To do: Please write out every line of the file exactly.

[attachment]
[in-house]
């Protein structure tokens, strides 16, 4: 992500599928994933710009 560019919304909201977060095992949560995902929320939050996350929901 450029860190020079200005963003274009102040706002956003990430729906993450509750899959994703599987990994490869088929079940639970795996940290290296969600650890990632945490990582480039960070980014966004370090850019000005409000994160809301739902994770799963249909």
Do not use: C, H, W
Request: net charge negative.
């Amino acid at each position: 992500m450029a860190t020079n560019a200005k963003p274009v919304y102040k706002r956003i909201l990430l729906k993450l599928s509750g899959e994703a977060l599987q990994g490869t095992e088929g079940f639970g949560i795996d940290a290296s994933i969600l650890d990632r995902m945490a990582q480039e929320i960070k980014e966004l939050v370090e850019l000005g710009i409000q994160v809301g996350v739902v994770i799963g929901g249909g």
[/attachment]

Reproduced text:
[in-house]
């Protein structure tokens, strides 16, 4: 992500599928994933710009 560019919304909201977060095992949560995902929320939050996350929901 450029860190020079200005963003274009102040706002956003990430729906993450509750899959994703599987990994490869088929079940639970795996940290290296969600650890990632945490990582480039960070980014966004370090850019000005409000994160809301739902994770799963249909």
Do not use: C, H, W
Request: net charge negative.
């Amino acid at each position: 992500m450029a860190t020079n560019a200005k963003p274009v919304y102040k706002r956003i909201l990430l729906k993450l599928s509750g899959e994703a977060l599987q990994g490869t095992e088929g079940f639970g949560i795996d940290a290296s994933i969600l650890d990632r995902m945490a990582q480039e929320i960070k980014e966004l939050v370090e850019l000005g710009i409000q994160v809301g996350v739902v994770i799963g929901g249909g």